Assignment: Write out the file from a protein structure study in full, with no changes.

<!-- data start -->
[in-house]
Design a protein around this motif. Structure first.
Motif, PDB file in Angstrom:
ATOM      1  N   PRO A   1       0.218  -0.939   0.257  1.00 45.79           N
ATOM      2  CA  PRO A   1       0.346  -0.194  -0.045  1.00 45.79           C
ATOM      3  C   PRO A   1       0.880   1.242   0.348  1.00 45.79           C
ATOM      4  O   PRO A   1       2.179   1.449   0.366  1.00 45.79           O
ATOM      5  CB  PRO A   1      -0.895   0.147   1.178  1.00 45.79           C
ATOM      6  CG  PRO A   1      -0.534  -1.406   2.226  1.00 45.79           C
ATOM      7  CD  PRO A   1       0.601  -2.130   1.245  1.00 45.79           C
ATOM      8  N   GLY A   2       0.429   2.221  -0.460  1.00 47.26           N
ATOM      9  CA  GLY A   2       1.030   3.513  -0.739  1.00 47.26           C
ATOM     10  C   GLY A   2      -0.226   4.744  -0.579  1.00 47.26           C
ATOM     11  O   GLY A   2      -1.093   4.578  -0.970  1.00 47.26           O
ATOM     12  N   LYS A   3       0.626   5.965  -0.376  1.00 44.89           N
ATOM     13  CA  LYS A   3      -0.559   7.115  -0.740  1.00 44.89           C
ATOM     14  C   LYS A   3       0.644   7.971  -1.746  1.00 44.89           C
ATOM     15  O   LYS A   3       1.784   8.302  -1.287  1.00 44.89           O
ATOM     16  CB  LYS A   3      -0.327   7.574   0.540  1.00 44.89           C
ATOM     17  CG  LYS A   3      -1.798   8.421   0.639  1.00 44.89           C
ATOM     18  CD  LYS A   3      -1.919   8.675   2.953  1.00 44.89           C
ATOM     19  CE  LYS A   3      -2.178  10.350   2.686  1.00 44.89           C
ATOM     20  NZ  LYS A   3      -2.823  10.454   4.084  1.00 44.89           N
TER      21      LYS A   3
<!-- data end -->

[in-house]
Design a protein around this motif. Structure first.
Motif, PDB file in Angstrom:
ATOM      1  N   PRO A   1       0.218  -0.939   0.257  1.00 45.79           N
ATOM      2  CA  PRO A   1       0.346  -0.194  -0.045  1.00 45.79           C
ATOM      3  C   PRO A   1       0.880   1.242   0.348  1.00 45.79           C
ATOM      4  O   PRO A   1       2.179   1.449   0.366  1.00 45.79           O
ATOM      5  CB  PRO A   1      -0.895   0.147   1.178  1.00 45.79           C
ATOM      6  CG  PRO A   1      -0.534  -1.406   2.226  1.00 45.79           C
ATOM      7  CD  PRO A   1       0.601  -2.130   1.245  1.00 45.79           C
ATOM      8  N   GLY A   2       0.429   2.221  -0.460  1.00 47.26           N
ATOM      9  CA  GLY A   2       1.030   3.513  -0.739  1.00 47.26           C
ATOM     10  C   GLY A   2      -0.226   4.744  -0.579  1.00 47.26           C
ATOM     11  O   GLY A   2      -1.093   4.578  -0.970  1.00 47.26           O
ATOM     12  N   LYS A   3       0.626   5.965  -0.376  1.00 44.89           N
ATOM     13  CA  LYS A   3      -0.559   7.115  -0.740  1.00 44.89           C
ATOM     14  C   LYS A   3       0.644   7.971  -1.746  1.00 44.89           C
ATOM     15  O   LYS A   3       1.784   8.302  -1.287  1.00 44.89           O
ATOM     16  CB  LYS A   3      -0.327   7.574   0.540  1.00 44.89           C
ATOM     17  CG  LYS A   3      -1.798   8.421   0.639  1.00 44.89           C
ATOM     18  CD  LYS A   3      -1.919   8.675   2.953  1.00 44.89           C
ATOM     19  CE  LYS A   3      -2.178  10.350   2.686  1.00 44.89           C
ATOM     20  NZ  LYS A   3      -2.823  10.454   4.084  1.00 44.89           N
TER      21      LYS A   3